McGill Fights Quebec Plan to Bar Religious Symbols
- New presidents provosts CSU Coe Cogswell Ivy Tech Manhattan McGill Niagara WSU-Tri Cities
- Is Military Research Different?
- Quick Takes: Bush Signs Higher Ed Act Renewal, McGill Adjunct Killed in Afghanistan, Protests Over Midsummer's Dismissal, Delay on Immigrant Students, 2 Colleges Merge in Vermont, Texas Eases Conflict of Interest Rules
- New Presidents or Provosts: Antioch U.-Los Angeles, Antioch U.-New England, Cuyahoga CC-Eastern Campus, La Trobe U., Polytechnic Institute of New York U., U. of Illinois
- EXTRA: Anti-Bias Rules Upheld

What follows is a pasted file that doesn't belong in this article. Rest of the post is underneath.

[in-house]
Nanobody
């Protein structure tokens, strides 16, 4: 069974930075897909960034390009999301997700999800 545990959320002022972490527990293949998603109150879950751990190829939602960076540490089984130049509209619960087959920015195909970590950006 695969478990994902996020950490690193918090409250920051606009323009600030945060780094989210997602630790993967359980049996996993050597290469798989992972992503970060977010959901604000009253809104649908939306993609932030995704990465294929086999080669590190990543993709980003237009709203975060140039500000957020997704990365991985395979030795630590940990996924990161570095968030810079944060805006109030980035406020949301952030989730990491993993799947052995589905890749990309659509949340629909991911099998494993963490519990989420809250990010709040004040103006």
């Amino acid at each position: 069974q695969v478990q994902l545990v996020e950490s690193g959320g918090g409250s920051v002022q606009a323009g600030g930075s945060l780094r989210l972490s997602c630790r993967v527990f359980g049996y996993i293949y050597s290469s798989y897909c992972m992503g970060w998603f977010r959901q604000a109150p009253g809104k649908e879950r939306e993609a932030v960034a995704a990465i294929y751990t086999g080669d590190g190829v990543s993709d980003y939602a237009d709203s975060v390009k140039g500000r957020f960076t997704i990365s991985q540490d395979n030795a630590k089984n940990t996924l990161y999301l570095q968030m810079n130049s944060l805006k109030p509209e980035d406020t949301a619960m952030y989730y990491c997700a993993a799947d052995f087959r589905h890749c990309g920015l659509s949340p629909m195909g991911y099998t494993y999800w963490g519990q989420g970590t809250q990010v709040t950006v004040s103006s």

Suzanne Fortier, principal and vice chancellor (the equivalent of president) of McGill University, has issued a statement in which the university formally opposes a "charter of values" proposed by Quebec's government that would bar public employees -- including those who work at universities -- from wearing religious head coverings or "overt" religious symbols. While the proposal could affect many religious people, it is widely viewed as a response to the non-Christian immigrant population in the province. "The proposal to prohibit our professors and staff from wearing visible religious symbols runs contrary to our principles. The wearing of such symbols in no way interferes with the religious and political neutrality of McGill as an institution. All the members of the university community with whom I have spoken on this issue are clearly worried about the proposal, and would like to see it withdrawn," said Fortier's statement. The Montreal Gazette reported that other universities are also concerned about the proposal, but that McGill is the first to take so public a stance.